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Unit Cells of Galena and Fluorite: Calculations and Comparisons

1. The images below show the unit cells for two minerals: galena (PbS) and fluorite (CaF2). Versions of the unit cells can be viewed interactively on the web using the

American Mineralogist Crystal Structure Database (AMCSD): The galena unit cell from AMCSD is the one shown below, but the fluorite version is a different one. The fluorite image below actually shows two unit cells, whereas the version on the web shows one. Both are useful.

Note that you can label the atoms on the web models by right-clicking on the cell and

choosing “Style —> Labels —> “With Element Symbol”.

In the galena model, the sulfur atoms are in yellow and the lead atoms are in grey.

Sulfur in galena exists in the 2- oxidation state.

(a) Calculate the radius ratio for the ions in galena and determine what the coordination of Pb2+ is in this mineral.

(b) How does the coordination of the atoms in galena compare to those in halite and how do the structures of these two minerals compare?

(c) Calculate the radius ratio for the ions in fluorite and determine what the coordination of Ca2+ is in this mineral.

(d) It should be clear that the structure of fluorite is different from galena (based on the unit cell models and your calculations). Why do you think they (must) have different structures?

2. In Problem Set 1 you calculated the bond strengths for fluorite and hematite in terms of their ionicity/covalency. You will have calculated the coordination for Ca in fluorite above and can determine the coordination of F from the figure above or from the AMCSD model. The coordination of Fe3+ and O2- in hematite are octahedral and tetrahedral, respectively.

(a) Calculate the relative bond strengths for these minerals using the electrostatic bond strength calculation (equation 2.1, for which you need to look up ionic radii). Use angstroms as the units for the radii.

(b) Do the hardnesses of the two minerals make sense in terms of your calculations (both from Problem Set 1 and the question above)?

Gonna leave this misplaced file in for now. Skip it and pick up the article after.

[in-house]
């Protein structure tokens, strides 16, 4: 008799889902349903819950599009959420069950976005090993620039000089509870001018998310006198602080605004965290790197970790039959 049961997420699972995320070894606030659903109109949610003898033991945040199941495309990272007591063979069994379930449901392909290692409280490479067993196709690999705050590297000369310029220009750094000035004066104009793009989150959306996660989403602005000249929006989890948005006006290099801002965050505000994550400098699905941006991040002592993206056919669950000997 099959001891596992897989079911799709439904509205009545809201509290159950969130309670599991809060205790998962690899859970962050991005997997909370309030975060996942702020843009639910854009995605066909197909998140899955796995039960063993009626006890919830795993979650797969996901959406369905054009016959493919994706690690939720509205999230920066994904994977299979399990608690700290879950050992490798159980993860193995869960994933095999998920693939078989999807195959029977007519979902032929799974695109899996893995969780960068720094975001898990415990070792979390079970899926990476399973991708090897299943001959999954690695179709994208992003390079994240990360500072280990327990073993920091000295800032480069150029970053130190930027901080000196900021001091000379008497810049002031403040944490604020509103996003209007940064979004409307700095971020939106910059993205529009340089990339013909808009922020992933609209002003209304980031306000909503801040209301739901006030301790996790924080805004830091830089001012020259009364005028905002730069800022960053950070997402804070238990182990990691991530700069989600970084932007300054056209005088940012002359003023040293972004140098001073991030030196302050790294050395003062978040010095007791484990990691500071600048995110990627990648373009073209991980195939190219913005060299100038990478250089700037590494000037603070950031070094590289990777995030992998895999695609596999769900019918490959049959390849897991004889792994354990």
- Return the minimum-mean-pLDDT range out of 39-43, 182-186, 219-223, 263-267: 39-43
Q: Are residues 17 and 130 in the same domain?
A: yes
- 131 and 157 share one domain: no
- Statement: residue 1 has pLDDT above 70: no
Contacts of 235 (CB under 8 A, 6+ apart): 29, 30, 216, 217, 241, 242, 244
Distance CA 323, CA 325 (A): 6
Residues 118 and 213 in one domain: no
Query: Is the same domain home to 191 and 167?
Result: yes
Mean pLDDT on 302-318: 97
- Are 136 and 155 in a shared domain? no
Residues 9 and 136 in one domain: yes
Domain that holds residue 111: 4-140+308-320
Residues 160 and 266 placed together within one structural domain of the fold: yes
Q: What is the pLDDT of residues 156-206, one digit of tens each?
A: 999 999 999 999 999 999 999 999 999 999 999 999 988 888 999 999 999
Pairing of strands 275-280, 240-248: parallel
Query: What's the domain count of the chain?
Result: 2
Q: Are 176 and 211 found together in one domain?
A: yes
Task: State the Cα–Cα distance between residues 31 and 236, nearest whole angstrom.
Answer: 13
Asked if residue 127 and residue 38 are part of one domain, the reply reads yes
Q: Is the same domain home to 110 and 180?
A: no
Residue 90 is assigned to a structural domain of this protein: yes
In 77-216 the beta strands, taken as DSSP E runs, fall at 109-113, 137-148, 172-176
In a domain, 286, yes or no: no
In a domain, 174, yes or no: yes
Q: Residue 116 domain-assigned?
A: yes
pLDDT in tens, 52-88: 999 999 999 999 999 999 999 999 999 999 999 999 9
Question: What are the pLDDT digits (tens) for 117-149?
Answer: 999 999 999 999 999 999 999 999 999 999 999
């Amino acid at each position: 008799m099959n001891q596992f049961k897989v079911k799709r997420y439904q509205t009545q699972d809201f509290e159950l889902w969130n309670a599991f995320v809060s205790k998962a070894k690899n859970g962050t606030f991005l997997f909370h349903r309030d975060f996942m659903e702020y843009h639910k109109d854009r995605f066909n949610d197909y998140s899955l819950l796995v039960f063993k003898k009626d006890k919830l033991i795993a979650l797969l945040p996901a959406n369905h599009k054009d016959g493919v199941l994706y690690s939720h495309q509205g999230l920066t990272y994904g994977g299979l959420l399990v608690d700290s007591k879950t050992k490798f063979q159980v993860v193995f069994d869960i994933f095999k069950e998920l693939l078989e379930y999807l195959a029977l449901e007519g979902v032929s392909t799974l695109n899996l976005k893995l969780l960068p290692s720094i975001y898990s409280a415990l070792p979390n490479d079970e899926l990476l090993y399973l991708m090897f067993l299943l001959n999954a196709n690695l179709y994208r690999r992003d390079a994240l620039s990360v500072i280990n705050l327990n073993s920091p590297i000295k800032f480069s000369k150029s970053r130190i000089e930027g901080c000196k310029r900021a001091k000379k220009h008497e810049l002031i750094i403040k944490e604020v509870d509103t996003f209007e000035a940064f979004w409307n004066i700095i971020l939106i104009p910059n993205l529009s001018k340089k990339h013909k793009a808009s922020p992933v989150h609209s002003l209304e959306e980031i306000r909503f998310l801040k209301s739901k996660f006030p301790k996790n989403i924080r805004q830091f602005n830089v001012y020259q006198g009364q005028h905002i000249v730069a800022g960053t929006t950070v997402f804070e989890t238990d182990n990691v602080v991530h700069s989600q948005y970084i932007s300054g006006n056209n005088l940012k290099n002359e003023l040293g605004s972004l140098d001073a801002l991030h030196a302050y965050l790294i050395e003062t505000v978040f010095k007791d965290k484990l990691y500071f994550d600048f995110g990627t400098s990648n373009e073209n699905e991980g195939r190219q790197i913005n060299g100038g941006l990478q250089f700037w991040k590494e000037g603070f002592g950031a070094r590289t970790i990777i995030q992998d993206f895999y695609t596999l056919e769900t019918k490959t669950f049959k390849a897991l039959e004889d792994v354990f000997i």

3. In class we discussed how indium (In) is incorporated into sphalerite (ZnS) via a coupled substitution with Cu. Zn occurs in tetrahedral coordination in sphalerite.

(a) Explain this substitution, and, using ionic radius and electronegativity data from the online sources previously provided (also below), explain why this is reasonable in the context of Goldschmidt’s rules. Write the exchange equation for the substitution.

(b) Would you expect indium to readily substitute into hematite (Fe2O3)? Justify your answer.

4. (a) What would an ideal chemical analysis of the mineral fluorite look like (in wt. % of the elements)?

(b) A mineral analysis gives the following data: Cu = 34.6 wt %, Fe = 30.4 wt. %, S = 34.9 wt %. What is the stoichiometry (formula) of the mineral? Note that mineral formulas should be written with stoichiometric coefficients that are integers. Bonus point if you can name the mineral (see note below).

There are several ways to incorporate formatted reactions into your answers. Word and Pages have equation editors built into them. If you need guidance with this see Nick, Savannah, or Dr. Samson. In Pages, you can use the markup languages LaTeX or MathML. Word has a built-in equation editor. If you use a tablet, or screen that you can write on, that is the easiest way. The alternative is to write them out by hand and take a photo/scan and crop the image and add it to your file.